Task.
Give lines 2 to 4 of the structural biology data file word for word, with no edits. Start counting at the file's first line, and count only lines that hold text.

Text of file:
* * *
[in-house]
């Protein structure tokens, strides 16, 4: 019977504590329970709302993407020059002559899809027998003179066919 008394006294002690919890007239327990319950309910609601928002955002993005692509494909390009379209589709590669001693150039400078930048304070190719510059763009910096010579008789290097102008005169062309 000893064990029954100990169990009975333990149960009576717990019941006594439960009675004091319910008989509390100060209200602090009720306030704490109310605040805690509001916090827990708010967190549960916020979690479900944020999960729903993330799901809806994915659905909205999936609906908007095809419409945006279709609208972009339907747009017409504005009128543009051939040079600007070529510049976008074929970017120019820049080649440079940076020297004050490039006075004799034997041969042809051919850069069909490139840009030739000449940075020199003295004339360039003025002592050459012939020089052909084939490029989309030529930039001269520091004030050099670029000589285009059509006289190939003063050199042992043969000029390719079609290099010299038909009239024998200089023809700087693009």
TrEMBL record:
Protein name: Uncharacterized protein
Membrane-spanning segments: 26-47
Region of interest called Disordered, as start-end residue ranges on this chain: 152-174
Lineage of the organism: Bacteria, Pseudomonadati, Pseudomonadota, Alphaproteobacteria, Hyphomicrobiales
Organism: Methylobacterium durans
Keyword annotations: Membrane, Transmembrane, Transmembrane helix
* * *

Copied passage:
């Protein structure tokens, strides 16, 4: 019977504590329970709302993407020059002559899809027998003179066919 008394006294002690919890007239327990319950309910609601928002955002993005692509494909390009379209589709590669001693150039400078930048304070190719510059763009910096010579008789290097102008005169062309 000893064990029954100990169990009975333990149960009576717990019941006594439960009675004091319910008989509390100060209200602090009720306030704490109310605040805690509001916090827990708010967190549960916020979690479900944020999960729903993330799901809806994915659905909205999936609906908007095809419409945006279709609208972009339907747009017409504005009128543009051939040079600007070529510049976008074929970017120019820049080649440079940076020297004050490039006075004799034997041969042809051919850069069909490139840009030739000449940075020199003295004339360039003025002592050459012939020089052909084939490029989309030529930039001269520091004030050099670029000589285009059509006289190939003063050199042992043969000029390719079609290099010299038909009239024998200089023809700087693009």
TrEMBL record:
Protein name: Uncharacterized protein